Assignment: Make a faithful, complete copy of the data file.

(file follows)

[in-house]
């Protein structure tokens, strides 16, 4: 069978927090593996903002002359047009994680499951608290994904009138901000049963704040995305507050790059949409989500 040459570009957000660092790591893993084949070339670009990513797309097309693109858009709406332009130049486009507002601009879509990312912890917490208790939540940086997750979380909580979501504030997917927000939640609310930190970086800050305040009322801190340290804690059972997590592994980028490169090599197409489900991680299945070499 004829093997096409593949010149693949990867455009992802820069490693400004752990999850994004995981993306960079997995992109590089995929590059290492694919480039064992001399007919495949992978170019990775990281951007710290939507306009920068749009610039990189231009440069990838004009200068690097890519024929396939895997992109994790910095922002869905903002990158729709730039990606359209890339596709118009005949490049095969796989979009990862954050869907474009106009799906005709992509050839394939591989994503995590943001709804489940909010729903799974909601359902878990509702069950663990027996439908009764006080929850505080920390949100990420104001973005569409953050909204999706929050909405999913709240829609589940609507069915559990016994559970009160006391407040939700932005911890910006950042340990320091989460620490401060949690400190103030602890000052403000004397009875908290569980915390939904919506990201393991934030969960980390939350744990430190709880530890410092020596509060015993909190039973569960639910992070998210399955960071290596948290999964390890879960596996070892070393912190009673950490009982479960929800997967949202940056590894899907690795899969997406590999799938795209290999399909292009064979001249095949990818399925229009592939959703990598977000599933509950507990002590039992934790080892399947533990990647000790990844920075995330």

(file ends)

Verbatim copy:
[in-house]
């Protein structure tokens, strides 16, 4: 069978927090593996903002002359047009994680499951608290994904009138901000049963704040995305507050790059949409989500 040459570009957000660092790591893993084949070339670009990513797309097309693109858009709406332009130049486009507002601009879509990312912890917490208790939540940086997750979380909580979501504030997917927000939640609310930190970086800050305040009322801190340290804690059972997590592994980028490169090599197409489900991680299945070499 004829093997096409593949010149693949990867455009992802820069490693400004752990999850994004995981993306960079997995992109590089995929590059290492694919480039064992001399007919495949992978170019990775990281951007710290939507306009920068749009610039990189231009440069990838004009200068690097890519024929396939895997992109994790910095922002869905903002990158729709730039990606359209890339596709118009005949490049095969796989979009990862954050869907474009106009799906005709992509050839394939591989994503995590943001709804489940909010729903799974909601359902878990509702069950663990027996439908009764006080929850505080920390949100990420104001973005569409953050909204999706929050909405999913709240829609589940609507069915559990016994559970009160006391407040939700932005911890910006950042340990320091989460620490401060949690400190103030602890000052403000004397009875908290569980915390939904919506990201393991934030969960980390939350744990430190709880530890410092020596509060015993909190039973569960639910992070998210399955960071290596948290999964390890879960596996070892070393912190009673950490009982479960929800997967949202940056590894899907690795899969997406590999799938795209290999399909292009064979001249095949990818399925229009592939959703990598977000599933509950507990002590039992934790080892399947533990990647000790990844920075995330």